South Africa: No More Loan Sharks

Community group learns about saving in Xaxazana district of Eastern Cape, South Africa
29 August 2011

There are 10 people in Noamen Nongezi's household, including her husband and their three children, two children orphaned when her two sisters died of Aids, a child that her husband had with another woman, her husband's cousin and a live-in domestic worker.

Nongezi and her husband, who works on the mines near Johannesburg, also support her husband's brother, who is HIV-positive, as well as relatives who live elsewhere. Nongezi has no formal job, like 70 percent of those living in South Africa's poorest province, and cannot rely on her husband to regularly send her money.

Yet all of the six children in her care are attending school.

Nongezi prides herself on being a good saver from the money she earns from selling fruits and sweets as well as funds from the government grants she gets for each of the six children. She says her life changed three years ago when she joined a savings and credit group run by SaveAct, an NGO that helps poor people improve their personal financial management.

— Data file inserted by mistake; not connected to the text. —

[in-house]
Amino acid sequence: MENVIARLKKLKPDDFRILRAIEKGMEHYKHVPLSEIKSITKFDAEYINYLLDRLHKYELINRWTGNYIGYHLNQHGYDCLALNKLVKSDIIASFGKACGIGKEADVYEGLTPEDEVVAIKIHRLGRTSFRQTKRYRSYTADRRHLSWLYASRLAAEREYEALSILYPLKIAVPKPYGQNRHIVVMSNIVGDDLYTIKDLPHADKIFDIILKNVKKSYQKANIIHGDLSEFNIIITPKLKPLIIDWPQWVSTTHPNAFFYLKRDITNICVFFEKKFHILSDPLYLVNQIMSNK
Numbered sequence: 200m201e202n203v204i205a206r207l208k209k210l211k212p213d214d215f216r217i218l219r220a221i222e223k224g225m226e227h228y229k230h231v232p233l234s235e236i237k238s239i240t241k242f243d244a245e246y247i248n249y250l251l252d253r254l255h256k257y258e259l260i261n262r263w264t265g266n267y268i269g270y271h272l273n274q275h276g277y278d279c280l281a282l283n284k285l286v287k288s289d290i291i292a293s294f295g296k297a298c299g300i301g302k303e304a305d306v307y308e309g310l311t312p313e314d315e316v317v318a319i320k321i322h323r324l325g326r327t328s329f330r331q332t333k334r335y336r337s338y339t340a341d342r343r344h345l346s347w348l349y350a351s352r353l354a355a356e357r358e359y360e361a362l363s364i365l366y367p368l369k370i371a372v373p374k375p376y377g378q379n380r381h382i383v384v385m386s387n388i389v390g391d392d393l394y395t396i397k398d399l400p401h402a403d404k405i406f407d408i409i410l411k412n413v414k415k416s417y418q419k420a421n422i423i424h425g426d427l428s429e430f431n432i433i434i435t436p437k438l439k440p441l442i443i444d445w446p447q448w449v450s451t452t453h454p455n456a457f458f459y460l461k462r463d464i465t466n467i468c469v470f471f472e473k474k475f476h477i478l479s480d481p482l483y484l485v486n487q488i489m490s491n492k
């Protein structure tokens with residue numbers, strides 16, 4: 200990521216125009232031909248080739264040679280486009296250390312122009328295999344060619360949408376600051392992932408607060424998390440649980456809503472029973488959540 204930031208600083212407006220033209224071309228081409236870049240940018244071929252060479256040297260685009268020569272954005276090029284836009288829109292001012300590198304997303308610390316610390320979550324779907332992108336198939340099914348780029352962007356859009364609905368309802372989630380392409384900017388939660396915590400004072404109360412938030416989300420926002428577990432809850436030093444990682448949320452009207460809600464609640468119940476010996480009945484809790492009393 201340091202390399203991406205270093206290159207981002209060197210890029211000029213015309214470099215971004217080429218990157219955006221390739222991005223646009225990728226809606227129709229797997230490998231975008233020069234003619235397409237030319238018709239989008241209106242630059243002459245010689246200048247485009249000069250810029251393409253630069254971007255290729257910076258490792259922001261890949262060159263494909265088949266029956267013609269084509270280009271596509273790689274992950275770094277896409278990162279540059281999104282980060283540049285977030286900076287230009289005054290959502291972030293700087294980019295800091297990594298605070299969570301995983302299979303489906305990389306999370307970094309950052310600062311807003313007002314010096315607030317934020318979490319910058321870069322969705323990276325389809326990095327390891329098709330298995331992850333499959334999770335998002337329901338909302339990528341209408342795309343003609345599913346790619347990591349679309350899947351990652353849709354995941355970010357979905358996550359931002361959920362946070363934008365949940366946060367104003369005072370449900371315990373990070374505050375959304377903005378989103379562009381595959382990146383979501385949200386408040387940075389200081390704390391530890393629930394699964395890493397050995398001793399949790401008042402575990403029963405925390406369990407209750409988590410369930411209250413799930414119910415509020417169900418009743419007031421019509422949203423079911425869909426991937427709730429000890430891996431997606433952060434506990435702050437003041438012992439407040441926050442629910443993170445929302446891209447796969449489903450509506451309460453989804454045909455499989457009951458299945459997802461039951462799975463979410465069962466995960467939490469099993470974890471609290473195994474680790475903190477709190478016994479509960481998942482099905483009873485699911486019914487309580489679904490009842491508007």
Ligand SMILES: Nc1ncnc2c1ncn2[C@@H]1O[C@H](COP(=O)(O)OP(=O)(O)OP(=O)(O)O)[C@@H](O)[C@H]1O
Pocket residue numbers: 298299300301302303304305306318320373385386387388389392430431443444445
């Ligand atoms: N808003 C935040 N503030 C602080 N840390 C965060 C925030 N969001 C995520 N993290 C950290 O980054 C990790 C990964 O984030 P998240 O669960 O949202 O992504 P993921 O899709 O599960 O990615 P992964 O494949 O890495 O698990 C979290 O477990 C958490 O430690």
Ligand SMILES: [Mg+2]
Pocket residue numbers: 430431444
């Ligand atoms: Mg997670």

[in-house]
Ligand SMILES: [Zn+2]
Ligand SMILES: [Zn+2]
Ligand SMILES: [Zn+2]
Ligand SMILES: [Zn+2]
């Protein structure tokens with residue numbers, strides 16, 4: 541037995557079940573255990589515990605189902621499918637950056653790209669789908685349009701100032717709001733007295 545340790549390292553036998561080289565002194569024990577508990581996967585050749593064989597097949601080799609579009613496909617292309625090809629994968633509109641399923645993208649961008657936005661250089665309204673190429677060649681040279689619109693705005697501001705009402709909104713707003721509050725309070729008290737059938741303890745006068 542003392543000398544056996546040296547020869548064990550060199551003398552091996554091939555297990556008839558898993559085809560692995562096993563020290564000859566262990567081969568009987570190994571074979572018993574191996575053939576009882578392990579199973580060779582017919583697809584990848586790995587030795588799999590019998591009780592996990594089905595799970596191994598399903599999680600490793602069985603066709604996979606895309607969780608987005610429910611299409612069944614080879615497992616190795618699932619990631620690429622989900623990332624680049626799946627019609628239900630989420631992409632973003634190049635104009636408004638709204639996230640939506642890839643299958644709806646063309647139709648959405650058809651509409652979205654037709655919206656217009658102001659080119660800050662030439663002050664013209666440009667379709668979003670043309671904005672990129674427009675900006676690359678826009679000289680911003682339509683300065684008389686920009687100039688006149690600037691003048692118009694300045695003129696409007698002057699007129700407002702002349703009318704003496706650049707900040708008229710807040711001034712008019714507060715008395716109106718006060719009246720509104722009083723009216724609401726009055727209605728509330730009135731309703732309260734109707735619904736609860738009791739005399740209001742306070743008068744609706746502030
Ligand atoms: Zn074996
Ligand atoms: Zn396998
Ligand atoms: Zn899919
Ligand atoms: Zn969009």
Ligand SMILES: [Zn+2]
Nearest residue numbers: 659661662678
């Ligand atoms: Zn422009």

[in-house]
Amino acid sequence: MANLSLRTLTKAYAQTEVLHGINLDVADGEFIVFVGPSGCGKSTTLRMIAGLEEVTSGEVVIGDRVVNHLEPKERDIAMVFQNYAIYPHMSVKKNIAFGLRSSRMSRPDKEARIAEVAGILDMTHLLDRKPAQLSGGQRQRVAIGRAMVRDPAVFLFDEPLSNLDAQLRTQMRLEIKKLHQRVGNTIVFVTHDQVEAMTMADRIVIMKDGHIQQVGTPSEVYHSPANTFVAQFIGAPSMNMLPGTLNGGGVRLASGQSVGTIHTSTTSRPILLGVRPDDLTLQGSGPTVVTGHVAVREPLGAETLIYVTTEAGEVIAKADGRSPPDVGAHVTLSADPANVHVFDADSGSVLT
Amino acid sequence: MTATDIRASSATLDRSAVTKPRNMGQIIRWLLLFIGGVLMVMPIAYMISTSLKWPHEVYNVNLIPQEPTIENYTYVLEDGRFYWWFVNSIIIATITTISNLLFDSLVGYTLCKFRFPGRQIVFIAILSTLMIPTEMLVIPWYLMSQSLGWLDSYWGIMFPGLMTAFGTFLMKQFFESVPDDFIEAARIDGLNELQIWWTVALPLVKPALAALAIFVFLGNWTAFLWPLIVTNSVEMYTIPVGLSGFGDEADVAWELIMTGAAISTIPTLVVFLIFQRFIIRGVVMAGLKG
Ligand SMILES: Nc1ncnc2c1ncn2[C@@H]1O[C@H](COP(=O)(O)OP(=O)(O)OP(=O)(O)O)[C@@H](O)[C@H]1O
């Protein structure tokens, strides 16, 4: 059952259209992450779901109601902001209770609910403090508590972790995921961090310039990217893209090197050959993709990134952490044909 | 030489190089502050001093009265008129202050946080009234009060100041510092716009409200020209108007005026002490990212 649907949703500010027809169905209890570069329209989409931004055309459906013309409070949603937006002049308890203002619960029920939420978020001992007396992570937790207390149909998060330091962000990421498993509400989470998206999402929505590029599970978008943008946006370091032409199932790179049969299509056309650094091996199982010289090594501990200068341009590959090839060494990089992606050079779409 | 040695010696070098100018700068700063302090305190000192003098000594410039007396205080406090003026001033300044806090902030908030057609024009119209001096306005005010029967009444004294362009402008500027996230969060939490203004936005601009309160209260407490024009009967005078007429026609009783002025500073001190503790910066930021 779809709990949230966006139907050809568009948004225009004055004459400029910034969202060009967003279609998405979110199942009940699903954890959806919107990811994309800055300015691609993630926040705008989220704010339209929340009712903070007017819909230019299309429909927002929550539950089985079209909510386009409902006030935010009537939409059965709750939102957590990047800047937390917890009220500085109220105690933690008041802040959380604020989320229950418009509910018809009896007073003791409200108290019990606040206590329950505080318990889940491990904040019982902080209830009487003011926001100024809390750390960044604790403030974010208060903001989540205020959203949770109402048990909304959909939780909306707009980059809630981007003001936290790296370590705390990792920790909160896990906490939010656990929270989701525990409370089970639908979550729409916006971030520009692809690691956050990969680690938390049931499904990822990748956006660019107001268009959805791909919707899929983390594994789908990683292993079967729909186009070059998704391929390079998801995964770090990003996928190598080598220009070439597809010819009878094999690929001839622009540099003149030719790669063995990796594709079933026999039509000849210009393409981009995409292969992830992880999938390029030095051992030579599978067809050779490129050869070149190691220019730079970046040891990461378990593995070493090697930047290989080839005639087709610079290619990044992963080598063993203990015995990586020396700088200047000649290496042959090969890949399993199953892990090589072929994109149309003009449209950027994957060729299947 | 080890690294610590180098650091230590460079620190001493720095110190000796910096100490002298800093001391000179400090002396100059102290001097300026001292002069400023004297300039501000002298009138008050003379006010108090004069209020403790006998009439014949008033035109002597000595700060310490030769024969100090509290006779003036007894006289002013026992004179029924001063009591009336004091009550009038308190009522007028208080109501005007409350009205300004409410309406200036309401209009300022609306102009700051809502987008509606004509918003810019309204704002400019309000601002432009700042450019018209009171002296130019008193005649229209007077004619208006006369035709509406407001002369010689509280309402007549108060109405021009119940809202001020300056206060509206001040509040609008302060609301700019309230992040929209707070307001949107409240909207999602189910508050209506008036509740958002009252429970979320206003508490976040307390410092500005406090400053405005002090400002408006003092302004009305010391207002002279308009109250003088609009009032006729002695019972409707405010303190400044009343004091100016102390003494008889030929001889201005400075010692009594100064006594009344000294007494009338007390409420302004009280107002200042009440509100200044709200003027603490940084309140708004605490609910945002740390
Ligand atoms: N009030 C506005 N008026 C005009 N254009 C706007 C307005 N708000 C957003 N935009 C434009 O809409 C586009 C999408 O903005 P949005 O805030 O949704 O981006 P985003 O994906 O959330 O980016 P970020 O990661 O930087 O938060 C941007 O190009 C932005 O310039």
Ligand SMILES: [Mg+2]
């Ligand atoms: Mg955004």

Before this, Nongezi was forced to borrow from a micro-loan business to pay the funeral costs when three family members passed away. The loan, an equivalent of U.S. $1,500, carried an interest rate of 40 percent per month. But now she is able to take loans at only 5-10 percent interest, which Nongezi uses to invest in her small business, expanding stock and selling in town during the summer months.

Unlike so many of her friends and family members Nongezi is not HIV-positive, but she suffers from health problems caused by the traumatic birth of her youngest child. This prevents her from selling much stock during the winter months, but since joining SaveAct she is now able to plan for this by saving and taking occasional loans.

Nongezi greatly values the support for saving that she gets from the members of her group. She says the best things about SaveAct are her access to loans at any time, and the fact that she no longer has to borrow from micro-loan offices or loan sharks, known as "mashonisas" in the Nguni language she speaks. She is also able to buy at shops in cash, as opposed to buying on credit, another way she now avoids paying interest.

This story was based on a case study compiled by researcher Annie Rose Barber, University of Bath, UK. For the main story please see Savings Groups Help Rural Households Affected by HIV/Aids.

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